• Born:
    • Josef Zemann, Austrian mineralogist for whom the mineral Zemannite (Mg0.5ZnFe3+[TeO3]3·4.5H2O) is named; in Vienna (d. 2022)
    • Admiral R. L. Pereira, Indian Navy officer and Chairman of the Chiefs of Staff 1981-1982; in Calcutta, Bengal Province, British India (d. 1993)

May 26, 1923 (Saturday) edit

The start of the first 24 Hours of Le Mans race
  • The first 24 Hours of Le Mans race began at 4:00 in the afternoon in France with a field of 33 two-man teams from 17 different French auto manufacturers, two from Belgium and one representing Britain's Bentley company.[96]
  • The earth inductor compass, invented by Donald M. Bliss in 1912, was tested successfully for the first time, in a flight from McCook Air Field.[97]
  • William Randolph Hearst said he would back Henry Ford if he ran for President of the United States, but said Ford would have to run as an independent candidate because "the political machinery of both the national parties is in the hands of the old line reactionaries."[98]
  • Born:
  • Died: Albert Leo Schlageter, 28, the first German Nazi martyr, was executed by a French Army firing squad for sabotaging a railroad track in Germany's French-occupied Ruhr region.[99]

May 27, 1923 (Sunday) edit

  • André Lagache and René Léonard of France, the drivers for the Chenard-Walcker Automobile Company team, won the first Le Mans Grand Prix of Endurance auto race, completing 128 laps on the 10.72 miles (17.25 km) circuit that ran from Le Mans to Mulsanne.[96]
  • The League of Nations gave notice to the Greek-speaking residents of the Orestiada triangle in Western Thrace that Orestiada, and the nearby towns of Bosna and Demerdes, were to be transferred to Turkish control. The former Orestiada was renamed Kumçiftliği, and the Greek residents began moving to a new location beginning July 1. The transfer was completed by September 15 to a new Orestiada, being built 10 miles (16 km) to the south.[citation needed]
  • Born: Henry Kissinger, German-born American diplomat, U.S. National Security Advisor 1969 to 1975, and later the U.S. Secretary of State, 1973 to 1977; as Heinz Alfred Kißinger, in Fürth (d. 2023)
  • Died:

May 28, 1923 (Monday) edit

May 29, 1923 (Tuesday) edit

  • Strikes in the Ruhr spread to parts of Germany outside of the French occupation zone.[104]
  • Died:

May 30, 1923 (Wednesday) edit

  • Jesse W. Smith, 52, a close friend of and assistant to U.S. Attorney General Harry M. Daugherty, was found dead of a gunshot wound to the head, in Daugherty's private apartment at the Wardman Park Hotel in Washington, D.C.[105] Smith's suicide was attributed to depression over illness from diabetes, and continuing pain from surgery the previous year, but also came six weeks after The Wall Street Journal had broken the news of the Teapot Dome scandal.
  • Germany's 500,000 striking miners in the Ruhr agreed to return to work after the government offered a 50% wage increase.[106]
  • Tommy Milton won the Indianapolis 500 for the second time, in front of what the Associated Press described as "the greatest throng that ever witnessed a sporting event in America," with 150,000 spectators. The second place finisher, Harry Hartz, finished five miles behind Milton. The race was marred by tragedy when a 16-year-old spectator, Bert Shoup, was killed when Tom Alley's car crashed into a fence where Shoup and two friends were standing.[107]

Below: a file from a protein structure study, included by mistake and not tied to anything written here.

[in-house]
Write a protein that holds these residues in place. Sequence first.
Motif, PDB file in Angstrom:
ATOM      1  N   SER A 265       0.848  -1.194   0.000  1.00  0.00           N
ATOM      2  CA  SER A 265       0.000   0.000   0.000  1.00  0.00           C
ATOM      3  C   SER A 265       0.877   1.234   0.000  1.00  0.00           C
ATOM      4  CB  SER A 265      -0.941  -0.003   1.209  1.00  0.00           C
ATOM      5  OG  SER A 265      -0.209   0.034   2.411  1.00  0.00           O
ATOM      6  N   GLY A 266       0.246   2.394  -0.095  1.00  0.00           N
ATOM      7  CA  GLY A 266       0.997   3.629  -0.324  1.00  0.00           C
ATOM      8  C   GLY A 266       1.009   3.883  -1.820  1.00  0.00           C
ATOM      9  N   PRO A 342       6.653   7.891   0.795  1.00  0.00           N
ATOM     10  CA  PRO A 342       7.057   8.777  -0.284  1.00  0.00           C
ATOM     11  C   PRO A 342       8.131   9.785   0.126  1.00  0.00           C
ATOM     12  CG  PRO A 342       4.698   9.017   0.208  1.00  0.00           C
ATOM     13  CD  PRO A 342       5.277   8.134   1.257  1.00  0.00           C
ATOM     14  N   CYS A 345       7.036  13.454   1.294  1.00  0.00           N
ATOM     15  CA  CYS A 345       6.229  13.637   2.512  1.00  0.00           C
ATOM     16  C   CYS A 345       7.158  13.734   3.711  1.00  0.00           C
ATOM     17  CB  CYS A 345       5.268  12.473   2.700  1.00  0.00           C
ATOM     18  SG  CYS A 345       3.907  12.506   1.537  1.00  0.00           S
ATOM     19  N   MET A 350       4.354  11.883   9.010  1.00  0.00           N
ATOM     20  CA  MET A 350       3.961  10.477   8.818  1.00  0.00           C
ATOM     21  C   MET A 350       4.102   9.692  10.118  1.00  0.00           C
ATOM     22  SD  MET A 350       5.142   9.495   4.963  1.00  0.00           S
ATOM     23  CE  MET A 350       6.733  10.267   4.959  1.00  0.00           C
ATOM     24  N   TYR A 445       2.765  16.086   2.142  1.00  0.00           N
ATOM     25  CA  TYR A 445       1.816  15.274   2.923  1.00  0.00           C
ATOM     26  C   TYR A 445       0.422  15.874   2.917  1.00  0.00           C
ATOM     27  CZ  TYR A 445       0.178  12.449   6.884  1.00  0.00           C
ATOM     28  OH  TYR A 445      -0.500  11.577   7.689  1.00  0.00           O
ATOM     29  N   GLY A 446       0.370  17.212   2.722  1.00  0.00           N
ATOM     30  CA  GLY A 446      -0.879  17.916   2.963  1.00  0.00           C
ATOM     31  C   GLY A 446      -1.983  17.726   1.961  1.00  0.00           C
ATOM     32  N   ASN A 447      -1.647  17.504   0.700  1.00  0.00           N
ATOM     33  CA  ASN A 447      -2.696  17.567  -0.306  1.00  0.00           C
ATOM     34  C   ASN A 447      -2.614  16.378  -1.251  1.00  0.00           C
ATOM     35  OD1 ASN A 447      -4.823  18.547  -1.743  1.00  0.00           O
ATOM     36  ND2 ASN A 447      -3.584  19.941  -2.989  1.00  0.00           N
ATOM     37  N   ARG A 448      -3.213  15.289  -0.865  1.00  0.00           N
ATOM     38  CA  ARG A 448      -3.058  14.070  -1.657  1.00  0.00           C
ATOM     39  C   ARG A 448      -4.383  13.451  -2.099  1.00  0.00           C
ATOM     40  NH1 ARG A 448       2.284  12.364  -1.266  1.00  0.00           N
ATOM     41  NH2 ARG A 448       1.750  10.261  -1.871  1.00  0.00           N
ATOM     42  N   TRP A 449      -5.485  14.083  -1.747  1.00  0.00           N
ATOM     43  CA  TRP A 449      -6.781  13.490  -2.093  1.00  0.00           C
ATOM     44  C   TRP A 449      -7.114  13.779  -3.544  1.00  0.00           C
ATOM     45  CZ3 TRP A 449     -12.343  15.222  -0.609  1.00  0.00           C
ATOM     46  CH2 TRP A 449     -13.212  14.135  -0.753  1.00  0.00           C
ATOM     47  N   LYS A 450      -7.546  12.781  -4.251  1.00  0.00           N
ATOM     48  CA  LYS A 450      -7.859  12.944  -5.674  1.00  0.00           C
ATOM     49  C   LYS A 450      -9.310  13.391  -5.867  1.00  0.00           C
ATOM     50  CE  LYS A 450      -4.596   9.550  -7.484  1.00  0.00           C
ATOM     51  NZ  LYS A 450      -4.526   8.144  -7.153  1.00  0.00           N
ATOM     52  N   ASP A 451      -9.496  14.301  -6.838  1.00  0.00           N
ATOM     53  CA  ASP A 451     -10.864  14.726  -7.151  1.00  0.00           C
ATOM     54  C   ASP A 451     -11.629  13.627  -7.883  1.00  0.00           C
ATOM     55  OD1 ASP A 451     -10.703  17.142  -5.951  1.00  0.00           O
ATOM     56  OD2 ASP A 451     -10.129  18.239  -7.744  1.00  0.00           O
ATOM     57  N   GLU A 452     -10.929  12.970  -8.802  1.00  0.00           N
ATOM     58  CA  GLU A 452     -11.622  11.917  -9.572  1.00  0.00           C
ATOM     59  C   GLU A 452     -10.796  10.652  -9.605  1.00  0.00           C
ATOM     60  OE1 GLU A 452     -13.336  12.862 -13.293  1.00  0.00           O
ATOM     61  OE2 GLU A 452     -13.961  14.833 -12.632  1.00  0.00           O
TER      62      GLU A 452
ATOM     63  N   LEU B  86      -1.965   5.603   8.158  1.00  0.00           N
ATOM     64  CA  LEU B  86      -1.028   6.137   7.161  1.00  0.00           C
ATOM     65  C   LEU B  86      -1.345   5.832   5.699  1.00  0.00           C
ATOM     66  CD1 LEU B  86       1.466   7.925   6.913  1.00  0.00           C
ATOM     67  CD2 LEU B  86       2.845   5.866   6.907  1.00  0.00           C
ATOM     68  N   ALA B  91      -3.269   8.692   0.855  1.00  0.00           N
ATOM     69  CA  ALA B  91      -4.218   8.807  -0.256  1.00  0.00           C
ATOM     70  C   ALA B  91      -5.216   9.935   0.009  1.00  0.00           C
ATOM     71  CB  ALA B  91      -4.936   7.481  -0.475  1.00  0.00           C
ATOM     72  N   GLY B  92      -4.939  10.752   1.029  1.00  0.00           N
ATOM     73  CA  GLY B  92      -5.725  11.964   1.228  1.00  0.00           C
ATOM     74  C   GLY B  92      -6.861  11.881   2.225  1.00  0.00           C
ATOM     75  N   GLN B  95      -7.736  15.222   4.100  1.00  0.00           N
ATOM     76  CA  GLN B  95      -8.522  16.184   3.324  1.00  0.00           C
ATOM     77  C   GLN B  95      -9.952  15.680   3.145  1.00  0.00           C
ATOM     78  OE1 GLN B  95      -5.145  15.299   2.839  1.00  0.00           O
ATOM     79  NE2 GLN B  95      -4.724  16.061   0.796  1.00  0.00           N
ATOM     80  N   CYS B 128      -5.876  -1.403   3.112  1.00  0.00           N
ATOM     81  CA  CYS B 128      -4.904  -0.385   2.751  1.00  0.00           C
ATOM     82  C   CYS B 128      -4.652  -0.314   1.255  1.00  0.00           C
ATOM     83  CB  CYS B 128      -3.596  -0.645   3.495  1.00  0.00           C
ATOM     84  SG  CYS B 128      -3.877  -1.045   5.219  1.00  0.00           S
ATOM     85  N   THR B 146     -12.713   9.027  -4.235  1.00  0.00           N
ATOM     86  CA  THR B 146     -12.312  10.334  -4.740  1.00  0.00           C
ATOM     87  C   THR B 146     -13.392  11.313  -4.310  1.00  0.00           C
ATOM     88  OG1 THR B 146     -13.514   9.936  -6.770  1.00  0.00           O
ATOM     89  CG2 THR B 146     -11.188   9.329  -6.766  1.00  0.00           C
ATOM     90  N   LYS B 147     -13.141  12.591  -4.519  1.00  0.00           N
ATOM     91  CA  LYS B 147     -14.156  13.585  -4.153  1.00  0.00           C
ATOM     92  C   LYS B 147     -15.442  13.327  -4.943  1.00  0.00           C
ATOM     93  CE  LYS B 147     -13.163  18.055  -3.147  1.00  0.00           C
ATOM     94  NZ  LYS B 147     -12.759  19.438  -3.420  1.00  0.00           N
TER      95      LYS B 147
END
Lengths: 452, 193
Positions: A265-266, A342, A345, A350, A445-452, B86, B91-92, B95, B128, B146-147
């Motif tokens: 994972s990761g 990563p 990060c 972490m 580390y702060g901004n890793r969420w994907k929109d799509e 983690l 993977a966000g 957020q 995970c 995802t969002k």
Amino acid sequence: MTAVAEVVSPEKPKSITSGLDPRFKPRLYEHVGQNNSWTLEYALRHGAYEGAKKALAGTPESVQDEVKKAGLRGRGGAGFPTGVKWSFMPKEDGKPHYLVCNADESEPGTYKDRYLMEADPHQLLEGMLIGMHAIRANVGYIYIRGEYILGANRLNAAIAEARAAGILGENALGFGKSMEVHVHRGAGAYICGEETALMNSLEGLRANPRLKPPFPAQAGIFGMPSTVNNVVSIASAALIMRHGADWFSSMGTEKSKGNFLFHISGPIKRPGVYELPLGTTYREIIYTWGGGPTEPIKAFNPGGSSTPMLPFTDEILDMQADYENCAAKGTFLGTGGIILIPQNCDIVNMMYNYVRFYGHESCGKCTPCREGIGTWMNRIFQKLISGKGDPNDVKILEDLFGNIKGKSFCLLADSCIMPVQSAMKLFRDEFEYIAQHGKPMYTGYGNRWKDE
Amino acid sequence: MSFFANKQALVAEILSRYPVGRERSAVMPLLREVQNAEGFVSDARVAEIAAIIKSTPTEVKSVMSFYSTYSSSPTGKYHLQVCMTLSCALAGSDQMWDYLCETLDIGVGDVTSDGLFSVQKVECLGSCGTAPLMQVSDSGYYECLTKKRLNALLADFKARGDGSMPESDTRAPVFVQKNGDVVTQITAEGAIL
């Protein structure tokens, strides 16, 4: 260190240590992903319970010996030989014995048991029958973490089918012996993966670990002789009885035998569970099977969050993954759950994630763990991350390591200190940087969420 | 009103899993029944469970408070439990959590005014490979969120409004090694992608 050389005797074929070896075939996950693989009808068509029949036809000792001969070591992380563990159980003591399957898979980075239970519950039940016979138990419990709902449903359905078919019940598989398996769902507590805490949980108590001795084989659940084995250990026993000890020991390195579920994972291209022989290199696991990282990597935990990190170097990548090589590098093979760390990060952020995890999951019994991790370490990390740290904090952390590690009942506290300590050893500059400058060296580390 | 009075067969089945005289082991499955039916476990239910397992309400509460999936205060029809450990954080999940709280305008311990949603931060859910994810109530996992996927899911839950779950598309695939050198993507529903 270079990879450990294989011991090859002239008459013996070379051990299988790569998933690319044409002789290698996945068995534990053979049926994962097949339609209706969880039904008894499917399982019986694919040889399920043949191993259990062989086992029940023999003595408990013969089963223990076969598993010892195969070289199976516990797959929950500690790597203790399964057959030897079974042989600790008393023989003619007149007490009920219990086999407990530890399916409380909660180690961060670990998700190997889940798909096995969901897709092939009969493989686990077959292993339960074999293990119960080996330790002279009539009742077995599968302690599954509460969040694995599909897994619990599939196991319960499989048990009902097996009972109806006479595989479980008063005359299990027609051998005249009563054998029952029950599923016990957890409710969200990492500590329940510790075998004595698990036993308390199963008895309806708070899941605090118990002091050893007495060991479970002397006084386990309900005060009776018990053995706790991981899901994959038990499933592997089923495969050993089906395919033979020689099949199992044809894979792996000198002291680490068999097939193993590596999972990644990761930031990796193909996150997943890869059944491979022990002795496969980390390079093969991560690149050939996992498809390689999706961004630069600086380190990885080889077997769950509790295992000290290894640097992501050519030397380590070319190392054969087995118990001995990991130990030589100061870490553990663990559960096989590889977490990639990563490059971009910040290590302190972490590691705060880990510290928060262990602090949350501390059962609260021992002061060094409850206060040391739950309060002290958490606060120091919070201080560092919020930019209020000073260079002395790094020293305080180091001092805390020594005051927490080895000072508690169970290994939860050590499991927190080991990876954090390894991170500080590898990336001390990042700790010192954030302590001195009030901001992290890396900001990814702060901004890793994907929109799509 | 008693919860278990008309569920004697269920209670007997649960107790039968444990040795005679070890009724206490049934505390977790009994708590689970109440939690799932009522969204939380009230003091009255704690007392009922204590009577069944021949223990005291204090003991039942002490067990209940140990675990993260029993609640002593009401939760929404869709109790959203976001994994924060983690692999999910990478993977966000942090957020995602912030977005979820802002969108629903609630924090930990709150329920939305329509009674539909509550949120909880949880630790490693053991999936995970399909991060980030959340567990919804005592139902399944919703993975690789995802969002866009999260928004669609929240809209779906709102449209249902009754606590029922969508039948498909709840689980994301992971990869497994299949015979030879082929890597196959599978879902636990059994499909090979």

• Jack Bernstein won the world junior lightweight boxing championship in a bout against title holder Johnny Dundee before a crowd of 15,000 people at the Velodrome at New York's Coney Island. Bernstein, an underground, was the unanimous choice as the winner after 15 rounds of fighting.[citation needed]
  • Born:
  • Died: Camille Chevillard, 63, French composer and conductor

May 31, 1923 (Thursday) edit

  • U.S. sports promoter Tex Rickard incorporated the New Madison Square Garden Corporation for the purpose of building a larger Madison Square Garden arena at a location away from Madison Square in New York City. Construction would be completed in 1925. The corporation was the forerunner of MSG Sports Corporation conglomerate.
  • Pipe Spring in Arizona was made a National Monument.
  • The Petrograd Opera House in Soviet Russia burned after one of the performers had a dress that caught fire. In the scramble for the exits, an undetermined number of people were killed and injured.[108]
  • A mob of 3,000 people in the city of Durango in Mexico attempted to invade the state government offices a day before a new state law was to go into effect limiting the number of ministers to 25 apiece for each Christian denomination. The new rules disqualified 90% of the 250 Roman Catholic priests in the state of Durango and the mob demanded that the state legislature repeal the legislation. At least three policemen and seven civilians were killed in the rioting that followed.[109]
  • Born: Rainier III, monarch of the European principality of Monaco; in Monte Carlo (d. 2005)
  • Died: Walther Kadow, 23, German schoolteacher was kidnapped, beaten and then murdered by a group of Nazi Party activists led by future death camp operator Rudolf Höss, after being suspected of provided French authorities with information leading to the arrest and execution of another Nazi, Albert Leo Schlageter. Kadow was taken to a forest near the town of Parchim, now located in Germany's Mecklenburg-Vorpommern state, and tortured before his throat was slit.

References edit